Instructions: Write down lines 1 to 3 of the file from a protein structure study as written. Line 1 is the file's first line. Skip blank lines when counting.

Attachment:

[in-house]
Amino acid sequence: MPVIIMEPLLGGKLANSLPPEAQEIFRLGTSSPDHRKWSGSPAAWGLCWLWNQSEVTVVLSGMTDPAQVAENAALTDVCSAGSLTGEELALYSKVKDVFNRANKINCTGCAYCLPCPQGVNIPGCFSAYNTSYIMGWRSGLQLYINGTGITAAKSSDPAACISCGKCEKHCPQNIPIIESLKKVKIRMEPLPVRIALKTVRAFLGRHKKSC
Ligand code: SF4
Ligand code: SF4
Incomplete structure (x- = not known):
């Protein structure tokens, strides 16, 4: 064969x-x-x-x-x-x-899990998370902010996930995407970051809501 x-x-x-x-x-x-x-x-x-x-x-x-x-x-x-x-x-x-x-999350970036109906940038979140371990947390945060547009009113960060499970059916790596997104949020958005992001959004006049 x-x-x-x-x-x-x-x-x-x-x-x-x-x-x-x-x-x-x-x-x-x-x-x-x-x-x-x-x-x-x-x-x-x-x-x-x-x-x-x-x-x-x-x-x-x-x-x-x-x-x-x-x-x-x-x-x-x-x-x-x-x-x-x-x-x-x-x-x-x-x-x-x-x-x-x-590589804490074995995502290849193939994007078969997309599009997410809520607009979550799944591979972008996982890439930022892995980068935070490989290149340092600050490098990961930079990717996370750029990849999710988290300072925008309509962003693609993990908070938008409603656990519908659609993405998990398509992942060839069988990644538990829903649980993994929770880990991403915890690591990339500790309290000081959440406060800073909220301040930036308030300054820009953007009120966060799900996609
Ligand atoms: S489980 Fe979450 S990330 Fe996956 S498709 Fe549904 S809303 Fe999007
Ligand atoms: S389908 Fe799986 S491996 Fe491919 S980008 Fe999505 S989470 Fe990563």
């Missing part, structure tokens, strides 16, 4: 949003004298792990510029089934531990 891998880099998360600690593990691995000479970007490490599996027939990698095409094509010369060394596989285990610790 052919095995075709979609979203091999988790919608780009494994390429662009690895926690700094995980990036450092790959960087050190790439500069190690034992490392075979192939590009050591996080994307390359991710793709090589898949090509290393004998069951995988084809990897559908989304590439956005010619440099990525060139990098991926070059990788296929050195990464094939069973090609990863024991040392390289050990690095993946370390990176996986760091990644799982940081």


[in-house]
Amino acid sequence: MPVIIMEPLLGGKLANSLPPEAQEIFRLGTSSPDHRKWSGSPAAWGLCWLWNQSEVTVVLSGMTDPAQVAENAALTDVCSAGSLTGEELALYSKVKDVFNRANKINCTGCAYCLPCPQGVNIPGCFSAYNTSYIMGWRSGLQLYINGTGITAAKSSDPAACISCGKCEKHCPQNIPIIESLKKVKIRMEPLPVRIALKTVRAFLGRHKKSC
Ligand code: SF4